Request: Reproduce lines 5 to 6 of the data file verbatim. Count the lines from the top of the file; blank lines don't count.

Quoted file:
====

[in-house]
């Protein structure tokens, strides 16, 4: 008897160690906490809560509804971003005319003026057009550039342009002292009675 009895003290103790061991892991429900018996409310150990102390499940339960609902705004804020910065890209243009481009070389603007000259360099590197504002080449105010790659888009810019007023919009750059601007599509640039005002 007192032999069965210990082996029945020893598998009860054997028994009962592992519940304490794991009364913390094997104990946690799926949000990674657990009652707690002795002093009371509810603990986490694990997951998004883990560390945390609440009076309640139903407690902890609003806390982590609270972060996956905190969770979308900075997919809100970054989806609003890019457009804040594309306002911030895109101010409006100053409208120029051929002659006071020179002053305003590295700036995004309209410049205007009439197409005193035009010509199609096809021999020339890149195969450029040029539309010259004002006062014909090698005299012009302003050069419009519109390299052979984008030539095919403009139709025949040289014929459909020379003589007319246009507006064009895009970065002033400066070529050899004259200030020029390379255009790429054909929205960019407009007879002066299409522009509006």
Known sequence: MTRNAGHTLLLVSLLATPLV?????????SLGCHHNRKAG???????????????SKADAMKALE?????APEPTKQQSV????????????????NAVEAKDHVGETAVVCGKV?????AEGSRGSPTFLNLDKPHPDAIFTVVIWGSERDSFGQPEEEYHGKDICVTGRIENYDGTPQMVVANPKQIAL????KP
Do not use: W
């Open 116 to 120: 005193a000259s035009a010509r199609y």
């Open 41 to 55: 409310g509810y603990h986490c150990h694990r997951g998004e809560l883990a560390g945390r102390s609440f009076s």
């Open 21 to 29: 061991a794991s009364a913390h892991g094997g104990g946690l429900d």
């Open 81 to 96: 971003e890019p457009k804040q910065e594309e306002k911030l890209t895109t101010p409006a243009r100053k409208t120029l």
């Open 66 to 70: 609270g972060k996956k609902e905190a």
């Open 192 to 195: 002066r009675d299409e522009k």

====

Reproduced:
């Open 116 to 120: 005193a000259s035009a010509r199609y």
């Open 41 to 55: 409310g509810y603990h986490c150990h694990r997951g998004e809560l883990a560390g945390r102390s609440f009076s």